conservation - indicators - scale - management - challenge - habitats - payments - lessons - ecology - forests
Forty percent of the EU land area is currently considered to be agriculturally managed (utilised agricul-tural area – UAA – Eurostat Agricultural Census 2010), and attention to the environmental performanceof farming practices is growing. To determine the performance of agricultural practices, farm-scale mon-itoring programmes are required but their implementation is hampered by a number of difficulties suchas the identification of broadly applicable indicators appropriate for different biogeographic locations,and the evaluation of the effectiveness and costs of different monitoring approaches. In this paper, wefocus on the costs of farm-scale biodiversity monitoring, presenting results from a Europe-wide costdata collection in the EU FP7 BioBio Project. Firstly, we present an analytical assessment of resourcesconsumed by the research units and a cost estimation for the measurement of six biodiversity-relatedparameters: farm habitats, vegetation, wild bees and bumblebees, spiders, earthworms and farm man-agement. Thereafter, we estimate a standardised cost for an ordinary measurement of the six parametersat farm-scale. In doing so, we highlight the cost differences between three strategies involving differentpotential actors (professional agencies, farmers, volunteers). This analysis demonstrates that producingreliable data on monitoring costs requires a large sample pool of farms and farm types, as was the casein the BioBio project. The cost standardisation allowed us to estimate a cost for biodiversity monitoringranging between D 2700 and D 8200 per farm, depending on the chosen strategy.
Unravelling institutional determinants affecting change in agriculture in West Africa
Struik, P.C. ; Klerkx, L.W.A. ; Hounkonnou, D. - \ 2014
International Journal of Agricultural Sustainability 12 (2014)3. - ISSN 1473-5903 - p. 370 - 382.
innovation platforms - systems - knowledge - lessons
This paper compares lessons learned from nine studies that explored institutional determinants of innovation towards sustainable intensification of West African agriculture. The studies investigated issues relating to crop, animal, and resources management in Benin, Ghana, and Mali. The constraints addressed were agronomic or economic (e.g. low production, yield, quality, prices) and institutional (e.g. poor access to resources and constraining regulations) and were analysed using an array of research approaches. The studies showed that political ambitions to foster institutional change were often high (restoring the Beninese cotton sector and protecting Ghanaian farmers against fluctuating cocoa prices) and that the institutional change achieved was often remarkable. However, flexibility of institutions, co-evolution of technical and institutional change, and increased transparency are needed to make institutional change successful. The programme Convergence of Sciences – Strengthening Agricultural Innovation Systems encouraged interventions where needed and enabled researchers and stakeholders to acquire the change capacities required to identify the need and potential for change and to make change happen. More research is needed to design pathways towards sustainable intensification based on social and technological innovation. Policy-makers should create space for institutional experimentation and empower smallholder farmers in West Africa to create resilient, local food systems to feed burgeoning urban populations.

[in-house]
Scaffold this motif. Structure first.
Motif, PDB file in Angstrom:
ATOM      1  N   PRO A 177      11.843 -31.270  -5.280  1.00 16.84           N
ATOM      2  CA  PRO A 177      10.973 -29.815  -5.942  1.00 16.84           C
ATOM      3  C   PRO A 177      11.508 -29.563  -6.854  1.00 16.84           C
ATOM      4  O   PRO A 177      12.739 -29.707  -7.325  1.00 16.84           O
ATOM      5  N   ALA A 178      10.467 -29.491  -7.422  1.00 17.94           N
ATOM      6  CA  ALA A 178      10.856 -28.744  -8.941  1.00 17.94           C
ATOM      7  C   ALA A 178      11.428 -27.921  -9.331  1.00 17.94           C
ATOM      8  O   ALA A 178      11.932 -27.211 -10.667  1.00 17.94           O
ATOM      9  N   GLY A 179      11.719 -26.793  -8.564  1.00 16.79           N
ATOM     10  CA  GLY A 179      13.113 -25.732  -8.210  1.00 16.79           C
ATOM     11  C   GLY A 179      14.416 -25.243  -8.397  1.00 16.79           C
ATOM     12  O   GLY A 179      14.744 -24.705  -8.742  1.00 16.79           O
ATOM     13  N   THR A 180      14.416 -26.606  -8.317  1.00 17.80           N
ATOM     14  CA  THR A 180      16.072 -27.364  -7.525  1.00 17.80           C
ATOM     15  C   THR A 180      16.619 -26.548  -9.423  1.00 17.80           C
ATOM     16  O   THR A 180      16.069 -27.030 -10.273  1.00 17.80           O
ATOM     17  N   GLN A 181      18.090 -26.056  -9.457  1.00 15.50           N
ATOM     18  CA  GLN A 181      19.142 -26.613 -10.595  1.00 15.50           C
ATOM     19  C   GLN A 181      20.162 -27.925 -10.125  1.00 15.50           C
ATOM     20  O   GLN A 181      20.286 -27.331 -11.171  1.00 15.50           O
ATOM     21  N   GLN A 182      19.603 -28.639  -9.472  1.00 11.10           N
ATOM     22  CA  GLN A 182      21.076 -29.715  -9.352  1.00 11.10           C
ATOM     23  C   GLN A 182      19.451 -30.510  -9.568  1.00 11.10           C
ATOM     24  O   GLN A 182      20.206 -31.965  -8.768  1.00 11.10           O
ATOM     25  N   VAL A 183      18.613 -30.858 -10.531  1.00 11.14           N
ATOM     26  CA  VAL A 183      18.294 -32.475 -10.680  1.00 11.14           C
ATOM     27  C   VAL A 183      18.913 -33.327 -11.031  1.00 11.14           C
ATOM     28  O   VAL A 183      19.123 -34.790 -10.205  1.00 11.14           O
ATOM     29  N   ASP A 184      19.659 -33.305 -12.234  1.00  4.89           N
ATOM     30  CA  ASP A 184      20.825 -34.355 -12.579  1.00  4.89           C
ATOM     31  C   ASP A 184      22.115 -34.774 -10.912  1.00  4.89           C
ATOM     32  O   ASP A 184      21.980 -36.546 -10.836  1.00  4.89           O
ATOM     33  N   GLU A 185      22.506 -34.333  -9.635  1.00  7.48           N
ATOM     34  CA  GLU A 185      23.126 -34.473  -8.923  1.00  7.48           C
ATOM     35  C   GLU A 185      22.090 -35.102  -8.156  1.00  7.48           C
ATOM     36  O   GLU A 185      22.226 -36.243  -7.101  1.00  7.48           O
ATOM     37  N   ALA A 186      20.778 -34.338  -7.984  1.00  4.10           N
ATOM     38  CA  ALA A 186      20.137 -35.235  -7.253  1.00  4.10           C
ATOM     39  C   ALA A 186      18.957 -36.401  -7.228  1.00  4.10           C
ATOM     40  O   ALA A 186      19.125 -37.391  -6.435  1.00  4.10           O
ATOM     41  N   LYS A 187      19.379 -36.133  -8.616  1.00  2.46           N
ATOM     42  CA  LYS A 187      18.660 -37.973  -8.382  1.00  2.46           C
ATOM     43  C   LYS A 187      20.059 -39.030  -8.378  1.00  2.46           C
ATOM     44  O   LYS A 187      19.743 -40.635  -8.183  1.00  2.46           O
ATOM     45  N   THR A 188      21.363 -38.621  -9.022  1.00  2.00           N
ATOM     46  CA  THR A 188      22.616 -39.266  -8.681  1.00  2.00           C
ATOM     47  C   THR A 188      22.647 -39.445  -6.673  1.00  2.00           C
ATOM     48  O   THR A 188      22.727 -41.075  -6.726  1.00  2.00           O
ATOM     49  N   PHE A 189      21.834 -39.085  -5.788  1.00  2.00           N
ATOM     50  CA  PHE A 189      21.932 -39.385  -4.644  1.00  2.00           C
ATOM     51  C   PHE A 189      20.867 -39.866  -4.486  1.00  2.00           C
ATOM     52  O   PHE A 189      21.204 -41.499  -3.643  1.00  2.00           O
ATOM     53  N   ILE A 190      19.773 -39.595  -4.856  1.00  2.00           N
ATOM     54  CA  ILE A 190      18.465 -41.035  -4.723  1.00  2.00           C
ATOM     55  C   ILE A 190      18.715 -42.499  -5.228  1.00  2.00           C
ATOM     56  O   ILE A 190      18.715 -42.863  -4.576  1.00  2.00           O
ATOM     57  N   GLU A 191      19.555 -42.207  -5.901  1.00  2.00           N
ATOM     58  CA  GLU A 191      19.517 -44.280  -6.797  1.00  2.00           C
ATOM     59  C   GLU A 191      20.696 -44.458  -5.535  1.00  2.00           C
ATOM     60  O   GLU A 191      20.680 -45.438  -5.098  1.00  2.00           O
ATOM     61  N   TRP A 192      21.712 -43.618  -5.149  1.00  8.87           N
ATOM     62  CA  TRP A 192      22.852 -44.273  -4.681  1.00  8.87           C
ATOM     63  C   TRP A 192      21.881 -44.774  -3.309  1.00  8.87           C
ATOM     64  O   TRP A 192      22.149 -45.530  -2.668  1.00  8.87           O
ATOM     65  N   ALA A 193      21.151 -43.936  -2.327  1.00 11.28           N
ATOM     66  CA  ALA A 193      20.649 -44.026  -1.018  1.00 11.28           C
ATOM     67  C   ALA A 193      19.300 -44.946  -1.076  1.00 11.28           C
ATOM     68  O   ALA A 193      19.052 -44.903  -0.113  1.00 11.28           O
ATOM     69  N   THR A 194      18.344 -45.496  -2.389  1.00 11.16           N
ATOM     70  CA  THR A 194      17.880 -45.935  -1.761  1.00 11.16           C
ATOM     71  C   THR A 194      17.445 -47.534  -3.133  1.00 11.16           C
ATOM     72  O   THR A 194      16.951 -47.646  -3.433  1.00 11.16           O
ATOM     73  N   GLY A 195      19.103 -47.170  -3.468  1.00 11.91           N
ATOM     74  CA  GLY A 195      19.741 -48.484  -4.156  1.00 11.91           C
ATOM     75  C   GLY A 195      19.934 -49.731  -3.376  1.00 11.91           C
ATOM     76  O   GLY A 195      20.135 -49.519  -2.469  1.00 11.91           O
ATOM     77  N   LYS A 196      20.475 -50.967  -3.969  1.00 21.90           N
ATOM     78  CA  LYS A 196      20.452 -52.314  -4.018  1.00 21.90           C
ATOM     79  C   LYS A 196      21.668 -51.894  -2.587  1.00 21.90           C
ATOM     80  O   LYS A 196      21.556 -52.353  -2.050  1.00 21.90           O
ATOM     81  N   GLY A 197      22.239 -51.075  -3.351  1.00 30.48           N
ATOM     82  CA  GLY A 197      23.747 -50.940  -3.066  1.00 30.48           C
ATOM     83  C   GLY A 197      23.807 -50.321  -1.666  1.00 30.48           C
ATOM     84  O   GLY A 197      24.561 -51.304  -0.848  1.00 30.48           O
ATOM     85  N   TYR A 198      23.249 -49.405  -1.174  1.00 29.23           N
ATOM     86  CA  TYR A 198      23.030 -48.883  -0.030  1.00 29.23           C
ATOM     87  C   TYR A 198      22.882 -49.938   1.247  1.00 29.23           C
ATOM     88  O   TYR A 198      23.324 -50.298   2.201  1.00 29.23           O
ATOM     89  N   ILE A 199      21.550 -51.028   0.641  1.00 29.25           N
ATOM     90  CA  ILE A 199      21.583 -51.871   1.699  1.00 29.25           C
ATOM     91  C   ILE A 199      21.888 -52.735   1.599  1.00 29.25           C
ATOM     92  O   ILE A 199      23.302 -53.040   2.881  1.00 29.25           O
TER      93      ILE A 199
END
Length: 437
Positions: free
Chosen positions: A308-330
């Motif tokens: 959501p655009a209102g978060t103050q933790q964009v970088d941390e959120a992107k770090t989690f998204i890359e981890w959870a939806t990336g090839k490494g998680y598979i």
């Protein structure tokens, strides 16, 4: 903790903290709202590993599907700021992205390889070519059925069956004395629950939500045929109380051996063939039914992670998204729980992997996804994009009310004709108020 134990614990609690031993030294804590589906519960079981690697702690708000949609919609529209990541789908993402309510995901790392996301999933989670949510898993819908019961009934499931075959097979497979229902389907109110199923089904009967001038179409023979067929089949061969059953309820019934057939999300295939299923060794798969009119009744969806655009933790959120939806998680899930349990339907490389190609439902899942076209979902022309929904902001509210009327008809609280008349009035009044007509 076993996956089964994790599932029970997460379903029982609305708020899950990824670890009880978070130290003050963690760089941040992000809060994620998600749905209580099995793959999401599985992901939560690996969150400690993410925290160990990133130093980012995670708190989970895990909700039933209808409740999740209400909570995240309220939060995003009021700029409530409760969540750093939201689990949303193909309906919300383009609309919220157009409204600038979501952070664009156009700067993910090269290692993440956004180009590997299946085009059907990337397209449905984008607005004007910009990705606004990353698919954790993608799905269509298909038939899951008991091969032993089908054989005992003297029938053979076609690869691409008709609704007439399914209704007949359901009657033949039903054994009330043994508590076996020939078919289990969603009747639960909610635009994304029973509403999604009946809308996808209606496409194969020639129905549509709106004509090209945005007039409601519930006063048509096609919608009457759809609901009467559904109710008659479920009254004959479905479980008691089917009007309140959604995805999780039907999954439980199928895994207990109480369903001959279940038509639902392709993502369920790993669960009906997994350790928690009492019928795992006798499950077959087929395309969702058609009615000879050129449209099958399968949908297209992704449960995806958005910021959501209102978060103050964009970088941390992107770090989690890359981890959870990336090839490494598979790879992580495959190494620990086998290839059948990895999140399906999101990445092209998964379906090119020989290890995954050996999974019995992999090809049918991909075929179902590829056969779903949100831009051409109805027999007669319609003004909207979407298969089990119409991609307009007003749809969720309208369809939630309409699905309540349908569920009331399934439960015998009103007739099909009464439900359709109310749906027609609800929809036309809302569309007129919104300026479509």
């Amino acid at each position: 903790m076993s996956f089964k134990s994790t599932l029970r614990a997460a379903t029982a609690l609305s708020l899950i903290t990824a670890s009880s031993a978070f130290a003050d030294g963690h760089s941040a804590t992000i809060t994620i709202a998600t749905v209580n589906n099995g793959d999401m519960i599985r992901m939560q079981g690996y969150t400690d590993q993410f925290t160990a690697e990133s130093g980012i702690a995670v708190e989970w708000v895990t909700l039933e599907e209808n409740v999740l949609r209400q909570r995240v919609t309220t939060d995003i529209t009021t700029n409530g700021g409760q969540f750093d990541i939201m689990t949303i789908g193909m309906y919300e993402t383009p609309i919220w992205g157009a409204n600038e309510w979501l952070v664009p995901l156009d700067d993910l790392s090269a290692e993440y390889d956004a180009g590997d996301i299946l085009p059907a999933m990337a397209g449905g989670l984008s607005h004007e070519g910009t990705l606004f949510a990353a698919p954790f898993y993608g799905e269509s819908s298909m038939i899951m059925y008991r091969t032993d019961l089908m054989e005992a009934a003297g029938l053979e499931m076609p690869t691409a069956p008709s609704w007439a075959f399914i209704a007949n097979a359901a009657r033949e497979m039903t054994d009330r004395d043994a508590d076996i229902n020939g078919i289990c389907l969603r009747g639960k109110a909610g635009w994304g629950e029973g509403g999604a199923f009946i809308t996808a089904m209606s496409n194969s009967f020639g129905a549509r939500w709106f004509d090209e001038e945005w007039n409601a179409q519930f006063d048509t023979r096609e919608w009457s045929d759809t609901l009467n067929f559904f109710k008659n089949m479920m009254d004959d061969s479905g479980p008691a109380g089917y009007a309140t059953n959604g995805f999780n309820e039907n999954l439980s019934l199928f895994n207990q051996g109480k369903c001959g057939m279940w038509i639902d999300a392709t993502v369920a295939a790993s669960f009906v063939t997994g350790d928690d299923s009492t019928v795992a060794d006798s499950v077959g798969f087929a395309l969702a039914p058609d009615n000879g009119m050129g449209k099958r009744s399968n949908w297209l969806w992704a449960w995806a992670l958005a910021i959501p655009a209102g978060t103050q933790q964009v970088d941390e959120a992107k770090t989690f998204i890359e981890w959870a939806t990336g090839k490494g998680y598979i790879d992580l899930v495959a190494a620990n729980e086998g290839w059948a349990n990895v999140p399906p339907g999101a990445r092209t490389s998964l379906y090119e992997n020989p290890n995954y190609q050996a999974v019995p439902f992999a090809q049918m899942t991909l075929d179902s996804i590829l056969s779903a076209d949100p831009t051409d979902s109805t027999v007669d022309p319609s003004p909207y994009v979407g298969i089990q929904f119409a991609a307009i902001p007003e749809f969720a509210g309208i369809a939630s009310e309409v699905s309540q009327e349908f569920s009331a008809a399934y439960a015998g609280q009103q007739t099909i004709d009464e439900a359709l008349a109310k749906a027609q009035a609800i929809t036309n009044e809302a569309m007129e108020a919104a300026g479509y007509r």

The politics of IWRM in Southern Africa
Mehta, L. ; Alba, R. ; Bolding, J.A. ; Denby, K. ; Derman, B. ; Hove, T. ; Manzungu, E. ; Movik, S. ; Prabhakaran, P. ; Koppen, B.M.C. - \ 2014
International Journal of Water Resources Development 30 (2014)3. - ISSN 0790-0627 - p. 528 - 542.
water-resources management - catchment management - developing-countries - zimbabwe - lessons